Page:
LUMBERTON — While North Carolina readies for its annual Labor Day Booze It and Lose It campaign, local and state officials sat down Thursday morning to work on reducing road deaths in Robeson.
In 2017, alcohol was only the third leading cause of road fatalities in the county, which has the deadliest roads in North Carolina. Excessive speed outranks alcohol, and lack of seat belt use is the No. 1 preventable cause of highway deaths in Robeson.
Vision Zero met at the Robeson County Emergency Operations Center with the goal of reducing unnecessary road deaths in the county. A grassroots project that is unique to Robeson County, it is led by Grady Hunt, a local attorney and member of the North Carolina Board of Transportation.
Vision Zero membership includes law enforcement, churches and educators. Among the 75 people in attendance Thursday were The University of North Carolina at Pembroke Chancellor Robin Cummings, Robeson Community College President Kimberly Gold and Public Schools of Robeson County Superintendent Shanita Wooten.
Annually, Robeson County averages 43 highway deaths, which are widely scattered out across the county’s rural roads. Fifty-three people died in 2017, according to Bruce Siceloff, communications coordinator for Vision Zero at the state Department of Transportation.
Over the past five years, 70 people died in alcohol-related crashes, 62 because of excessive speed and 84 died without seat belts fastened. No age group or demographic is exempt.
Robeson County has recorded 30 highway deaths so far in 2018 and is on track for 45 fatalities, Hunt said
“When I first saw the numbers, it made an immediate impression on me,” Hunt said. “This is not a good trend for Robeson County.
“These fatalities are people that we know,” he said. “At the end of the day, it’s about all of us in Robeson County.”
County District Attorney Johnson Britt said Robeson County’s major highways are not the place where the majority of road fatalities occur. He made a plea for churches to join in the campaign and for tougher penalties in court.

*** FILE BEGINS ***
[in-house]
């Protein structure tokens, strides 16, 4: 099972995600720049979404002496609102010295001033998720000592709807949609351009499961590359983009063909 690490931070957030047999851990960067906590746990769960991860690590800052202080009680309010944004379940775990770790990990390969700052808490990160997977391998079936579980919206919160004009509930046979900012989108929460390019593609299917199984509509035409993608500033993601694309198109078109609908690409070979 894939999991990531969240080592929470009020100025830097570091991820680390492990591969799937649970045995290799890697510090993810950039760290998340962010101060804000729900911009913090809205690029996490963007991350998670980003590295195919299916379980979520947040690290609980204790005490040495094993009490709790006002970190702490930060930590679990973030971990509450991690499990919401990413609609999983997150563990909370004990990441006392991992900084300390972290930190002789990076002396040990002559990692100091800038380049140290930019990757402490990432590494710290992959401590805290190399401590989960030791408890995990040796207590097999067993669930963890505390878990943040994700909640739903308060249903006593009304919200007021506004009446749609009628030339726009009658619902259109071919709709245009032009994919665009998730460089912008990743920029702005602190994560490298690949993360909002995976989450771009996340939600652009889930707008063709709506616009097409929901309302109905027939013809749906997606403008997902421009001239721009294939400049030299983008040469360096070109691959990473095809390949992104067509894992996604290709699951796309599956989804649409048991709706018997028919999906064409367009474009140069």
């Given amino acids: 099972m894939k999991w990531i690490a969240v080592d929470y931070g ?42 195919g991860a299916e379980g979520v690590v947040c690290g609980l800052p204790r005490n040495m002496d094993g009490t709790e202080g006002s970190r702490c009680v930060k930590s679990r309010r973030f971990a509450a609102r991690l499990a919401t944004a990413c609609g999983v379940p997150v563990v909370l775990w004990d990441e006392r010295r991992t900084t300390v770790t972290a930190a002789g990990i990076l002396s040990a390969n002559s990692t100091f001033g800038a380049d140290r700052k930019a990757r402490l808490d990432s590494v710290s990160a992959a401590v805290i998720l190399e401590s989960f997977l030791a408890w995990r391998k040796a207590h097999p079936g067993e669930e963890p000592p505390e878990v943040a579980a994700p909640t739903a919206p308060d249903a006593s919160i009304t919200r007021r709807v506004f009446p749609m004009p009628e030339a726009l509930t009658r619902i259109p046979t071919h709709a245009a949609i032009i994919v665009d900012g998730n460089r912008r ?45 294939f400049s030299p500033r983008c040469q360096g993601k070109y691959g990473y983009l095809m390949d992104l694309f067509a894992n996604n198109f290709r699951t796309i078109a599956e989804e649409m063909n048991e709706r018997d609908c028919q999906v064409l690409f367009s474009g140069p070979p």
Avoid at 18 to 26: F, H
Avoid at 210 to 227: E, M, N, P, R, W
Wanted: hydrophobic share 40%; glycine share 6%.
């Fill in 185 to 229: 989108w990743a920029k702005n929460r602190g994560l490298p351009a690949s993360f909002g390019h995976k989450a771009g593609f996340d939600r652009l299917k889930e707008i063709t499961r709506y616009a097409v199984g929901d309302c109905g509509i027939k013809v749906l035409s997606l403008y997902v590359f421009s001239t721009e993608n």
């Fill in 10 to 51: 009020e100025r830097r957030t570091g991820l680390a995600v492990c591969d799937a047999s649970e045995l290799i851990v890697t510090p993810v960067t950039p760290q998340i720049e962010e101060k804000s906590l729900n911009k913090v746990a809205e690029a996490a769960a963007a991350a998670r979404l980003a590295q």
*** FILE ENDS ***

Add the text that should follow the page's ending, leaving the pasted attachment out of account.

“If you look at the map, it’s not I-95 and U.S. 74,” Britt said. “It’s the secondary roads in rural communities, and there is a church at the center of these communities.
“We had a fatality of a passenger in a car driven by a young person who had five speeding tickets, which were all reduced to speedometer error. It is not popular with attorneys, but we need to address this.”
The Vision Zero communications plan was rolled out Thursday. It includes printed materials, website, public contacts and social media.
Vision Zero has made an appearance at Lumbee Homecoming and at UNCP, where a public relations class produced a social media program. The university created the Twitter hashtag #Hero4Zero and a seat belt Facebook campaign titled “Elf on a Belt.”
A number of county hot spots for accidents were discussed with county leaders and Transportation Department’s regional engineers. They answered questions and discussed future road safety measures.
The Booze It and Lose It program brought its rolling check point RV. It is a one-stop shop for processing suspected drunken drivers. The vehicle has light towers, six stations to test for levels of intoxication and a magistrate’s office.
There were checkpoints established in Lumberton on Thursday night as the Booze It and Lose It campaign rolled in preparation for Labor Day.
Scott Bigelow can be reached at 910-644-4497 or [email protected]